• Cracker Barrel gets ready for Bardstown location

    There will soon be a new restaurant on the menu in Bardstown following the city council’s approval Tuesday night of an application to build a Cracker Barrel Country Store on Old Filiatreau Lane.

    The Bardstown Development Review Board recommended the restaurant chain’s proposal for approval, and the city council followed suit at its regular meeting. After the votes were recorded, Mayor Bill Sheckles asked a question of the corporation’s representative, Michelle Armstrong.

  • County may qualify for another state rep.

    With numbers from the 2010 census expected to be finalized this summer, State Rep. David Floyd said the population of Nelson County has grown enough for it to be eligible for more than one representative in the Kentucky House.

  • Filing deadline ends for 2011 state offices

    No local offices will be up for grabs this election year but contenders in several state races registered  for the primary ballot by Tuesday’s filing deadline.

    Three Republican candidates will go head-to-head in the primaries for the chance to supplant Democratic incumbent Gov. Steve Beshear, according to the Kentucky secretary of state’s website. Vying for the nomination are Kentucky Senate President David L. Williams, Tea Party activist and Louisville businessman Phil Moffett and Jefferson County Clerk Barbara “Bobbie” Holsclaw.

  • 'Coffee with the Legislators' is set for Thursday

    A morning cup of coffee is a common ritual. On Thursday, you can have your coffee with benefits — a chat with your state legislators, Sen. Jimmy Higdon and Rep. David Floyd.

    “Coffee with the Legislators” is 7:30-8:30 a.m. Jan. 27 on the second floor of the Old Courthouse in Bardstown. Hosted for many years by the Nelson County Economic Development Agency and its partners, the Bardstown-Nelson County Chamber of Commerce, Mainstreet and Tourism, the get-together is a great time to hear what’s happening in Frankfort, NCEDA President Kim Huston said.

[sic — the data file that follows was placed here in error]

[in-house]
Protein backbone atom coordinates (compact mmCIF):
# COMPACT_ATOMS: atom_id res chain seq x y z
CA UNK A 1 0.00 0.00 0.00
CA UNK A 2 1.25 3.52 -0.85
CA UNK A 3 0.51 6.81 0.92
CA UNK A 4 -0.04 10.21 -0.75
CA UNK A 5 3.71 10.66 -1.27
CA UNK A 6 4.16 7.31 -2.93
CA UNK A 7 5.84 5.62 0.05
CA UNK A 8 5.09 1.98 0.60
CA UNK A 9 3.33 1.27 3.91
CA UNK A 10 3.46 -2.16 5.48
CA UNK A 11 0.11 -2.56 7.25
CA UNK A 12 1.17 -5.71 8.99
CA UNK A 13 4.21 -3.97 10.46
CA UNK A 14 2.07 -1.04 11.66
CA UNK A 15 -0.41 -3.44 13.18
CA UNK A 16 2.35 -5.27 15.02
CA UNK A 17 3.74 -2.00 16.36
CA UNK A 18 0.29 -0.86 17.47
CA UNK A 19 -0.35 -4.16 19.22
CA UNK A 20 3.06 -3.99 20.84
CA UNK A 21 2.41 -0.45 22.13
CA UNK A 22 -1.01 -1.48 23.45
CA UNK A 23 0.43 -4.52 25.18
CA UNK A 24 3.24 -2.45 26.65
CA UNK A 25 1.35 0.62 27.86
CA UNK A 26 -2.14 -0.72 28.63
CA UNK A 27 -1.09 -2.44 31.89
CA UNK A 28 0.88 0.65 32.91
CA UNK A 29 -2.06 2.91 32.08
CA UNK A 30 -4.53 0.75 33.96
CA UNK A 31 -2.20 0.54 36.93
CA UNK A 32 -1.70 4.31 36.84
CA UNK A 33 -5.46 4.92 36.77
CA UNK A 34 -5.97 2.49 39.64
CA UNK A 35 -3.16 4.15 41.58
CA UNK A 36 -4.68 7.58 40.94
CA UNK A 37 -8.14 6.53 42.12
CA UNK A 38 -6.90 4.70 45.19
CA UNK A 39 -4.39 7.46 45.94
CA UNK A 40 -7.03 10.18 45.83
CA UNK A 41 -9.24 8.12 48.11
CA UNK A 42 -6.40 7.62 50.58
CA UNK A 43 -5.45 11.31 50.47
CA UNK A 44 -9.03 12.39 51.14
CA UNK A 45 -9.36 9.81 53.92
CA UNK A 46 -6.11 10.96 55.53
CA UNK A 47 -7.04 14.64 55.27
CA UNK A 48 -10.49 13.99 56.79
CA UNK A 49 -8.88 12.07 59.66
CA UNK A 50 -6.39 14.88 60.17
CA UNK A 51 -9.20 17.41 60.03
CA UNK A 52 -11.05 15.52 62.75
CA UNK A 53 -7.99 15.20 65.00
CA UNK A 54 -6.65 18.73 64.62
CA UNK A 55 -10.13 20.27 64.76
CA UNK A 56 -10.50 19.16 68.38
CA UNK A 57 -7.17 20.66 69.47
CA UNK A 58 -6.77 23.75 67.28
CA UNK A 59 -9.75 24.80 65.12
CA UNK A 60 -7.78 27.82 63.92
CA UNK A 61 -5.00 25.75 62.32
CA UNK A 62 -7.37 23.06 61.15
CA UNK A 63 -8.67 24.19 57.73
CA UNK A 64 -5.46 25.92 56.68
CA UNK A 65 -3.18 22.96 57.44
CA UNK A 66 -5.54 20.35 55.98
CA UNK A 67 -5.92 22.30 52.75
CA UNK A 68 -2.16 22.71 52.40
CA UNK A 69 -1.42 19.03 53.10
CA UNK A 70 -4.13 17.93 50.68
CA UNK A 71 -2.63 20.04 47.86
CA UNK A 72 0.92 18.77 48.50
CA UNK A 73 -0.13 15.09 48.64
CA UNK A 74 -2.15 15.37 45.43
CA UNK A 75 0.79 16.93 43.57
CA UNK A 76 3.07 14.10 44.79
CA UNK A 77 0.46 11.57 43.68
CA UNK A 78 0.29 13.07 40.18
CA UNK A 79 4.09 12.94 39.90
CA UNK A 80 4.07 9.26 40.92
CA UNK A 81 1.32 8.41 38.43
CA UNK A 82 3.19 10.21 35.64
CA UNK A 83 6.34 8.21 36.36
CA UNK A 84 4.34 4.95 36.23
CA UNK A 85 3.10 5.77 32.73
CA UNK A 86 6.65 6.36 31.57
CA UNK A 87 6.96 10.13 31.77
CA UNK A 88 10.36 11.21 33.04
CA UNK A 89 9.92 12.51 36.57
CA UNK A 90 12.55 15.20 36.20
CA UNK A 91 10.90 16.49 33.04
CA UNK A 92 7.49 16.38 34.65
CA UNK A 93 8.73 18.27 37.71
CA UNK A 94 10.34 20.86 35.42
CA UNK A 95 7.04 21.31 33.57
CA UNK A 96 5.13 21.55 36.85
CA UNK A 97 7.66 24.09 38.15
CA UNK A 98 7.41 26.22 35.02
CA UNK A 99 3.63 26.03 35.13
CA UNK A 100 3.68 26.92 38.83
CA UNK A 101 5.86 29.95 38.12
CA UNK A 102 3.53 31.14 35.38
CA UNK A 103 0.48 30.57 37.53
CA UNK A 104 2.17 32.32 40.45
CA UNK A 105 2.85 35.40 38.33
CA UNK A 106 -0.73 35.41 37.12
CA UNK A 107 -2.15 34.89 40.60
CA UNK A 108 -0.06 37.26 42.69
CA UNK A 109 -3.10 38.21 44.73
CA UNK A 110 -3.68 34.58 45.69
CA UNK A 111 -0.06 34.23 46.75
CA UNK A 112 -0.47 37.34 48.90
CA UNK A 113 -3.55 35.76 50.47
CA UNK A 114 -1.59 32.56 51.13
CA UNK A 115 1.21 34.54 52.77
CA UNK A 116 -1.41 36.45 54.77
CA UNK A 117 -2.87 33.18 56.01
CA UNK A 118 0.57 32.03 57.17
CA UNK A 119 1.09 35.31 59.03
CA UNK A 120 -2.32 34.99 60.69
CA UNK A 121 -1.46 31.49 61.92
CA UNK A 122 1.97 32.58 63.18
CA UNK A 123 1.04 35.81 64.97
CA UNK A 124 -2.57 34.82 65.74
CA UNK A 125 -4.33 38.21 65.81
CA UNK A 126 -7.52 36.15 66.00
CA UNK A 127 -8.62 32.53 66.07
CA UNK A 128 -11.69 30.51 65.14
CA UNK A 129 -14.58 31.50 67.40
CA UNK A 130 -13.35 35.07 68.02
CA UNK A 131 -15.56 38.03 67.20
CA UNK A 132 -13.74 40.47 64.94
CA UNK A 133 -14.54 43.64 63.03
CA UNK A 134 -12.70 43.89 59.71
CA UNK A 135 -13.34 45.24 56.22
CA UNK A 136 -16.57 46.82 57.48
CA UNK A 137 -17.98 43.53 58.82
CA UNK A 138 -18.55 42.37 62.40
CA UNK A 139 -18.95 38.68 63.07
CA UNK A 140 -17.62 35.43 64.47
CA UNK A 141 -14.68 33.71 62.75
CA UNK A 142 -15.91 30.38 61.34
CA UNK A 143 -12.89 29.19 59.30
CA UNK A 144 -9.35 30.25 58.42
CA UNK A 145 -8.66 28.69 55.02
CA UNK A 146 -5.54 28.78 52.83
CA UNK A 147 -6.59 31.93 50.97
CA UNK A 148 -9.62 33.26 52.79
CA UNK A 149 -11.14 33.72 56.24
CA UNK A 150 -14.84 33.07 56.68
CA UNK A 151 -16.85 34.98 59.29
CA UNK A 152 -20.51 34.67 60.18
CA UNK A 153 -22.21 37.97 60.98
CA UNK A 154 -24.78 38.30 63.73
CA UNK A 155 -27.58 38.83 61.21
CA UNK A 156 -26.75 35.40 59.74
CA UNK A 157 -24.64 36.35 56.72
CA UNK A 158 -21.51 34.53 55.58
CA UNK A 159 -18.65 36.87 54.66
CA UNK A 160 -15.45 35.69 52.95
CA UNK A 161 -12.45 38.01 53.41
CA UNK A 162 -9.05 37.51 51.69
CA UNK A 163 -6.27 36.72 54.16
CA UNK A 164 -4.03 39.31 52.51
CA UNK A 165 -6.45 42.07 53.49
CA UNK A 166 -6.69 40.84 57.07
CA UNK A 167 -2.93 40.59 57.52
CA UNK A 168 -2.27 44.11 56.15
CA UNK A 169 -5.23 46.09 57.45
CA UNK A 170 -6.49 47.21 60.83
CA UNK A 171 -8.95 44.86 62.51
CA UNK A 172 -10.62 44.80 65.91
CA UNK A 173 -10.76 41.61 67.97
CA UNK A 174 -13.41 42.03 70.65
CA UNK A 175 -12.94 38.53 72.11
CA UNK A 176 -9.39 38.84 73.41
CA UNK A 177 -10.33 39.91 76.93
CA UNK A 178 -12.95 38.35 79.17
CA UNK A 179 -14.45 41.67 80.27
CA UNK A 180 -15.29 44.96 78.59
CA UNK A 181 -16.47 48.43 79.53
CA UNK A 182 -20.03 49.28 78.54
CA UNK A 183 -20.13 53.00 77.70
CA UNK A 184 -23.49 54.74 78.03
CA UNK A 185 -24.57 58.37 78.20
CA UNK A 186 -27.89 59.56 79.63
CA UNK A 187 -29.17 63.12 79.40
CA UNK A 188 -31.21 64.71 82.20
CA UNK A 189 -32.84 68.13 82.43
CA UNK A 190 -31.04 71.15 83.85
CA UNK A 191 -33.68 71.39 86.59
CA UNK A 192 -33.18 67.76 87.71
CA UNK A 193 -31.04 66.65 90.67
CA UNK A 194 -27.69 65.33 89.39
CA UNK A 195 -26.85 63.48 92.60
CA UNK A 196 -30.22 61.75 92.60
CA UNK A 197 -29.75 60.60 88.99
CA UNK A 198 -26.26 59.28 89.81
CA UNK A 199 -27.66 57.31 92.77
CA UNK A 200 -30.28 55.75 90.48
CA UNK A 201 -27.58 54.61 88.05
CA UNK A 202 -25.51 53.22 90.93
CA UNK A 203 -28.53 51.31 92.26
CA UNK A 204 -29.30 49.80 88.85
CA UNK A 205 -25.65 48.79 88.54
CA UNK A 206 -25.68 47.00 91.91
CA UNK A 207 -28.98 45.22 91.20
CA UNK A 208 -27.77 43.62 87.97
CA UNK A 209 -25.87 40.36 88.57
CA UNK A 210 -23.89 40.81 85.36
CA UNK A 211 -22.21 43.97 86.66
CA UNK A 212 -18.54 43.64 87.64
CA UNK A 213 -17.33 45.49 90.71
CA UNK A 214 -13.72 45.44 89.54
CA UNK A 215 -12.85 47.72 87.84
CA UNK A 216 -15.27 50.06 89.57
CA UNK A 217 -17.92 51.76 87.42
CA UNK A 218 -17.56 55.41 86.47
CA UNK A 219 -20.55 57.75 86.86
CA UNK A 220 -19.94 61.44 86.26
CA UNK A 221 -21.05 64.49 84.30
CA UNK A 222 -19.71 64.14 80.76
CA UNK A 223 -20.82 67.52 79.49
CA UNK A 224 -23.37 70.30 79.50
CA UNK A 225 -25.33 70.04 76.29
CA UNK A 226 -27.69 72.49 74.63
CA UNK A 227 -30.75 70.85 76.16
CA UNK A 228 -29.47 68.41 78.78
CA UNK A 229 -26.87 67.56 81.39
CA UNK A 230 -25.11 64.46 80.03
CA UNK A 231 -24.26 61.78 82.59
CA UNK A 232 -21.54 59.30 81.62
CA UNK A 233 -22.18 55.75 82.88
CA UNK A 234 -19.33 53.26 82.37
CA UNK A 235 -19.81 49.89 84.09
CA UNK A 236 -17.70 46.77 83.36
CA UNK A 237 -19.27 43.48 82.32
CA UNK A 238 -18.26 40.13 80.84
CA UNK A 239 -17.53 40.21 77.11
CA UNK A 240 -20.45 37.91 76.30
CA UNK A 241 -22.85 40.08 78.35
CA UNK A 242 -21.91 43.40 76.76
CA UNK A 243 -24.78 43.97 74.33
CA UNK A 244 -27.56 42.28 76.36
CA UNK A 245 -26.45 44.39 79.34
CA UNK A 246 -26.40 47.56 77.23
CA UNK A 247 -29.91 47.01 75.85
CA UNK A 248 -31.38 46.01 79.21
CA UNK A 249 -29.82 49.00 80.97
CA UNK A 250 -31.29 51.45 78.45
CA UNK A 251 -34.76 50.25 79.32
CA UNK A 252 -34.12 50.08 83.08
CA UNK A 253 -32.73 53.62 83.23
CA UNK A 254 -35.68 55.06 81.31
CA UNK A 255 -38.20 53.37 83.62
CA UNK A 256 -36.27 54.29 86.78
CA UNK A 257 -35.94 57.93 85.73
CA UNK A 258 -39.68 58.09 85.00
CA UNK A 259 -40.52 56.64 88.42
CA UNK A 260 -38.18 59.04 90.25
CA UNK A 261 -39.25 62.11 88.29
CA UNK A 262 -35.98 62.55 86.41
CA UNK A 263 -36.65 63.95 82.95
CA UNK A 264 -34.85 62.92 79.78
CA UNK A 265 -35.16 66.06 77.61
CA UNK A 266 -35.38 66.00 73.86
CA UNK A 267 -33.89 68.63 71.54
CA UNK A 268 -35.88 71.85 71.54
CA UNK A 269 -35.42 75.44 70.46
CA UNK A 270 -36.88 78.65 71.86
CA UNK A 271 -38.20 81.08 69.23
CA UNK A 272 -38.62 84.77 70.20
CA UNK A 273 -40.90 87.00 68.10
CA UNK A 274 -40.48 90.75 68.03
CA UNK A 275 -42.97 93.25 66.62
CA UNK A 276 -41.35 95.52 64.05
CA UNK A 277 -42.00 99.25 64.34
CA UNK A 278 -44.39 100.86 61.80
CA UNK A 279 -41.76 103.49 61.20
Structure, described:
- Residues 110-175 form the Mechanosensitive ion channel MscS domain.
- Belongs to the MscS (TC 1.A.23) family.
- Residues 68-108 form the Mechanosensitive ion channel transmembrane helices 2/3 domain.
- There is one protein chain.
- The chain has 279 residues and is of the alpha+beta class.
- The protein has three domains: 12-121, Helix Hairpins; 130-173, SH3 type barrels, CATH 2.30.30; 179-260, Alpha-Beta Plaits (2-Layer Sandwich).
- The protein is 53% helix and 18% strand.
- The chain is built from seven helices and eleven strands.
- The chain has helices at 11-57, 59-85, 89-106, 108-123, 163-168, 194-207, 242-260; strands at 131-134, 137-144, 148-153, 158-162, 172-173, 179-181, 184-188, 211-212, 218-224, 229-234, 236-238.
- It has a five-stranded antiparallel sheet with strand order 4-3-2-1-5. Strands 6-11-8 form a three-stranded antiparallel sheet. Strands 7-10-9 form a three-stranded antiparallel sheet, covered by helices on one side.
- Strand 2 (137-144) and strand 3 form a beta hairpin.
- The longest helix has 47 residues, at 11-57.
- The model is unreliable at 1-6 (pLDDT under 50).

• New Haven City Commissioners named to serve on departments

    The New Haven Board of Commissioners has taken care of some housekeeping to get the new commission off and running.

  • Tourist commission discusses Streetscape finishing touches

    The Bardstown-Nelson County Tourist and Convention Commission became the first organization to donate money toward decorating Bardstown’s newly renovated downtown with new Christmas decorations to match.

    The commission voted to donate $5,000 out of its marketing contingency fund toward the project at its board meeting Jan. 25, held at Circa Restaurant on Bardstown’s Court Square as part of the commission’s annual Winter Retreat.

  • City officials hope neighborhood groups will provide increased feedback

    As 2011 gets underway, Bardstown city government is holding open auditions for residents to join a band — except the requirements to become a member don’t involve having stadium-sized vocals or producing furious guitar rifts. An interest in improving the city’s neighborhoods is all that’s needed.

  • Census prompts possible change to district lines

    Nelson Countians could end up with a different magistrate than the one for whom they recently voted. That’s because the 2010 U.S. Census shows the county’s population could have increased by as much as 6,000 from 2000 to 2010. Under state law, counties must examine their districts to see if the population is distributed equitably.

  • New Haven City Council: Board now complete

    The New Haven Board of Commissioners’ special-called meeting Wednesday night was quick, but it wasn’t easy.

  • Bardstown City Council: Changes net $50K in savings

    At its first meeting with new mayor Bill Sheckles and new members Fred Hagan and Joe Buckman, Bardstown City Council began the year with good news when the city’s contractor for a project at the wastewater treatment plant announced he had made changes that would save nearly $50,000.

    Ray Ihlenburg with O’Brien & Gere Engineering told the council about the adjustments to the project at its regular Tuesday meeting. Ihlenburg said the kind of stone and valves used in parts of the project had been changed, resulting in the reduced costs.